Southern Philippines

Afghanistan of the Sea

U.S. Army Sergeant Alexander Jamieson is handcuffed and searched during training of Philippine National Police.

17 June 2009

Small teams of American troops are spread across many locations in the southern Philippines.  Each team works side-by-side with Filipino counterparts.  The jobs vary.  Navy SEALs and Special Boat Teams often support the AFP (Armed Forces Philippines) on actual operations.   I have been briefed on some of these operations -- though without the physical access one gets in Iraq or Afghanistan.  One truism of embedding: the more they are fighting, the closer the writer is welcome to get, right up into the middle.

Our folks do not engage in direct combat unless they are being attacked, but the Philippine commanders enjoy the direct, non-combat support, including the occasional use of U.S. warships.   American ships don't fire their weapons or engage in combat.

Other teams conduct Civilian Military Operations (CMO).  In fact, the U.S. and AFP say that 80% of the fight in the Philippines has nothing to do with guns.  It’s about securing the people, building roads, clinics and schools; digging wells and developing a viable political process.  Helping the farmers to work without being harassed by Islamic jihadist terror groups such as Abu Sayyaf  and Jemaah Islamiyah have shrunken the terrorists' habitat.  Village by village, the AFP is gaining ground.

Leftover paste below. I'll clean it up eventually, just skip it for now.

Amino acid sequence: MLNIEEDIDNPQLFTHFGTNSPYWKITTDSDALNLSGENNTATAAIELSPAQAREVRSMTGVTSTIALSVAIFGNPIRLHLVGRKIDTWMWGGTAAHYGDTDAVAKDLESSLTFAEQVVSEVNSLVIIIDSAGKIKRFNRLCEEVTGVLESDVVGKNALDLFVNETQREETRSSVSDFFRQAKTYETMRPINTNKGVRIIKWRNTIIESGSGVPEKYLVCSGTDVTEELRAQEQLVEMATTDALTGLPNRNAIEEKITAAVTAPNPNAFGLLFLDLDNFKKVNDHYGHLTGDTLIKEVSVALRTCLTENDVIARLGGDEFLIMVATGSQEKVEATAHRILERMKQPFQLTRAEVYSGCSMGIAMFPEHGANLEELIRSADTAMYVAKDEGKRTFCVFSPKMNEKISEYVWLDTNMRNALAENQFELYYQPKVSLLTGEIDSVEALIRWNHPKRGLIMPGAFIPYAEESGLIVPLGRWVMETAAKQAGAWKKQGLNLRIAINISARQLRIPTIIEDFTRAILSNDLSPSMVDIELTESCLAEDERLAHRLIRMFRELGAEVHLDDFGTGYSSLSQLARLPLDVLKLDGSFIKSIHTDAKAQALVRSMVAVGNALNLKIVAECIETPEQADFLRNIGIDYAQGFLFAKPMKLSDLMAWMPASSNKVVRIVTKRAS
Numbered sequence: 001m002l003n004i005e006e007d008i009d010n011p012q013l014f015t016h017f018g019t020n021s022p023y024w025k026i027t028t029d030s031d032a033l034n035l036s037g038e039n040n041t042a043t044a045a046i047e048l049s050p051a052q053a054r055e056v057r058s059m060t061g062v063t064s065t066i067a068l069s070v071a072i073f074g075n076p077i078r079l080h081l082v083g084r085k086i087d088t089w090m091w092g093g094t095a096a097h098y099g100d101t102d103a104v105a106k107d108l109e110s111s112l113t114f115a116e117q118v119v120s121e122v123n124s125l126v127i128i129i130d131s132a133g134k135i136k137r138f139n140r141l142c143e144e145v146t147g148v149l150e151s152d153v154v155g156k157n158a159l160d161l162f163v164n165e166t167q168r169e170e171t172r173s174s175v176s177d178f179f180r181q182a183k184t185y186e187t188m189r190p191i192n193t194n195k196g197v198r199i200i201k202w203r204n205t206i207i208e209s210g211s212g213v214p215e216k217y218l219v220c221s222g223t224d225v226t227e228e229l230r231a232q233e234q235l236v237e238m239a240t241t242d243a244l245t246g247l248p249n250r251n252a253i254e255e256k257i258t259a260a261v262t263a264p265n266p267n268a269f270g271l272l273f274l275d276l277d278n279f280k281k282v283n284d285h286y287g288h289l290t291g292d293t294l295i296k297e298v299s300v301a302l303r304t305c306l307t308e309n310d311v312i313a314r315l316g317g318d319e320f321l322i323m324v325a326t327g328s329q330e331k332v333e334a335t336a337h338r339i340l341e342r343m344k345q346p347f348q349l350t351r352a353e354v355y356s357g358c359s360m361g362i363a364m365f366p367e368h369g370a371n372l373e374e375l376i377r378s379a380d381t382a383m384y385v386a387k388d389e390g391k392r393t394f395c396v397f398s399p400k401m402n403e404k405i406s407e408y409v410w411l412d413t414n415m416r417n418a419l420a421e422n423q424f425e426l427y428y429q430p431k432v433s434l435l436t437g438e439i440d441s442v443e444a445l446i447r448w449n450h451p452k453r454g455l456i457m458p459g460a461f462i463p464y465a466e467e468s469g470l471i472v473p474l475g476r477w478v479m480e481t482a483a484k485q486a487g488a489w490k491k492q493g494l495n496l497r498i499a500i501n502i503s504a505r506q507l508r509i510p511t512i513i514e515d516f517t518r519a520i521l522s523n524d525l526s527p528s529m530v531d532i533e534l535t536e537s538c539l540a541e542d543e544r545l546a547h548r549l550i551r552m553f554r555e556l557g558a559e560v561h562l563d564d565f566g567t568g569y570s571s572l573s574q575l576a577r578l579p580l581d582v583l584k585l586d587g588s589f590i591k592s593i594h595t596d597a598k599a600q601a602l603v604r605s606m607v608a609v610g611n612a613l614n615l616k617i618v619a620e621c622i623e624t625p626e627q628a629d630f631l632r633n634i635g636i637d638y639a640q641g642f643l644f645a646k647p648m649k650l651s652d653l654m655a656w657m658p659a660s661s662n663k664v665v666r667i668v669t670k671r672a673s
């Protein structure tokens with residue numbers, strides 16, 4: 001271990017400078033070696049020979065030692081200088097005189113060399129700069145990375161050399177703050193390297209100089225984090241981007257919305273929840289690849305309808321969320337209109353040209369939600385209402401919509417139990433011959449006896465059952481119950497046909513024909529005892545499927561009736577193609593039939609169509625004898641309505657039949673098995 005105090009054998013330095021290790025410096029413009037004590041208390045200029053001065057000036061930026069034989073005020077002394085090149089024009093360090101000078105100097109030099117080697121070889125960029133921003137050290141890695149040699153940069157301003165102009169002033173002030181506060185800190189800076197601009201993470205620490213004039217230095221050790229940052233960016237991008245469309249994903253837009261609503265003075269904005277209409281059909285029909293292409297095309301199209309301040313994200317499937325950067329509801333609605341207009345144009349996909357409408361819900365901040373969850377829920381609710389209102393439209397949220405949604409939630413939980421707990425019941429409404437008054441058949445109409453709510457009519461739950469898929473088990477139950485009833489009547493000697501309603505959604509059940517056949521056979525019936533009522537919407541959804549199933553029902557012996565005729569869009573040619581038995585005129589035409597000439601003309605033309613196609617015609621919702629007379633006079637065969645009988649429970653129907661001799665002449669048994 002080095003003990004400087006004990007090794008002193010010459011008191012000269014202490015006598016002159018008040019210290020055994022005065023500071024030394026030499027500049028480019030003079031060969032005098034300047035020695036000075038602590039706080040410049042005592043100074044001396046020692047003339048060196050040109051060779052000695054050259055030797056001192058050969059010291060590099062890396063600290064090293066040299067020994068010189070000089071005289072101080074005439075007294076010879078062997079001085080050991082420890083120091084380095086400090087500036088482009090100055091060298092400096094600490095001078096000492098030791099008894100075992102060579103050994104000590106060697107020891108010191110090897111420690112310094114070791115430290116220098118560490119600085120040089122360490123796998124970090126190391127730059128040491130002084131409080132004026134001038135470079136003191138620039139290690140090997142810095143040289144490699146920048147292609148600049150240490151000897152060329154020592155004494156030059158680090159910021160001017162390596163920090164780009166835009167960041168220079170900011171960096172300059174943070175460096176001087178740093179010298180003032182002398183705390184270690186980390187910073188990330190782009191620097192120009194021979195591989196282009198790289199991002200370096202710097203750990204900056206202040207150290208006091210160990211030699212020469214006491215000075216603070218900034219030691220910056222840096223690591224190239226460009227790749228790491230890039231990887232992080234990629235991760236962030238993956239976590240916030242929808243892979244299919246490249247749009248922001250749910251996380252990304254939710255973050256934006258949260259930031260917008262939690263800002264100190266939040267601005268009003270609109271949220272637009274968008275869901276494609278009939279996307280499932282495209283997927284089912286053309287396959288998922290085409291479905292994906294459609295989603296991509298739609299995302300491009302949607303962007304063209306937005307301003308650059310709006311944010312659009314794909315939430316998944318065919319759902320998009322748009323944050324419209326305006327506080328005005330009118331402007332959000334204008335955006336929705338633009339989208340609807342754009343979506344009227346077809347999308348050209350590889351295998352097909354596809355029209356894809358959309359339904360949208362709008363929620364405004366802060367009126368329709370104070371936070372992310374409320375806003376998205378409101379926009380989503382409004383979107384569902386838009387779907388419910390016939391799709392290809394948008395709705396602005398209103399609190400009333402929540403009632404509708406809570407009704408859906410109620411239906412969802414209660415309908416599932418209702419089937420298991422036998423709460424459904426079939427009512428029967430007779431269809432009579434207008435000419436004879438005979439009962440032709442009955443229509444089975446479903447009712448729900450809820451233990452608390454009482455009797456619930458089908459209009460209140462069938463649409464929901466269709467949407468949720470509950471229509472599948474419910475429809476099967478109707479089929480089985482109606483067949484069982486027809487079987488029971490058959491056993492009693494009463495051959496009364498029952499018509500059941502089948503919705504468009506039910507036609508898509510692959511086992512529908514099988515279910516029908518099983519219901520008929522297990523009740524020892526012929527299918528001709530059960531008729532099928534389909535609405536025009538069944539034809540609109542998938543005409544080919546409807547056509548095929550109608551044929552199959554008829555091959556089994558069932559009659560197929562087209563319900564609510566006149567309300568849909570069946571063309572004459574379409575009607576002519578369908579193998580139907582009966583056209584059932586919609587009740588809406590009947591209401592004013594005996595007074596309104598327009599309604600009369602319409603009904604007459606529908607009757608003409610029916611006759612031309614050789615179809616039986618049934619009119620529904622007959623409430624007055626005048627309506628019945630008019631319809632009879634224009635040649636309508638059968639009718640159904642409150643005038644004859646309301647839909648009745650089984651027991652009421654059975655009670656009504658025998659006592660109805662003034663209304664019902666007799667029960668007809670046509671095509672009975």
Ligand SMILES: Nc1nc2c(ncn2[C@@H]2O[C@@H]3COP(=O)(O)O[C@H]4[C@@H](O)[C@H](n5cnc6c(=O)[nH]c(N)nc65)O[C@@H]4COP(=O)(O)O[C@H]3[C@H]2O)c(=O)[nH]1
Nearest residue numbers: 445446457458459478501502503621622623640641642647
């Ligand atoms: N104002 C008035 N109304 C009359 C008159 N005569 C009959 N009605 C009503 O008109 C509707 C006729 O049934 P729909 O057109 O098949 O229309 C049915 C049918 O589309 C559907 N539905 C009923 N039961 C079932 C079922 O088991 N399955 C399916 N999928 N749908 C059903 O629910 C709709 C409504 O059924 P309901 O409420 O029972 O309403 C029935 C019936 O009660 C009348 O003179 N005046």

The Filipino officers with whom I've spent many hours have a far more sophisticated view of how to fight this fight than we see with Iraqi counterparts.  Afghans are not even in the same league.

This reality, along with the fact that we have a good number of our own special operations forces here, goes far toward explaining how, even with the light footprint, the terrorist organizations are on the defense in the RoP (Republic of Philippines).

In cooperating with the AFP, small groups of our people are spread out at many locations on four islands.  At the location pictured above, on Jolo island, there were six Military Police from the U.S. Army/Japan, two National Guardsmen from the 1-294th Infantry in Guam, and four Green Berets from the 1st Special Forces Group.  On the island of Mindanao, our folks have great freedom of movement and force protection is light, but on this island our people use up-armored Humvees, as in Iraq or Afghanistan, though the bombs here are nothing like those in Iraq.  The bombs in the Philippines often are made from small mortars, or they are “fish bombs” (locals use “depth charges” to catch fish), but the islands also are chock full of M-16s.  AFP commanders say that even the poorest farmers are likely to have guns.

[Note: Some more detailed dispatches are in the works regarding the Philippines.  I have departed the Philippines on route to Afghanistan.  Pakistan embassy declined to issue a visa this morning.]


Comments   

 
# Dan P. 2009-06-17 09:51
thank you Michael. God Be with You!!!
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# MAGAN_e2 2009-06-18 00:17
Very nice article mike,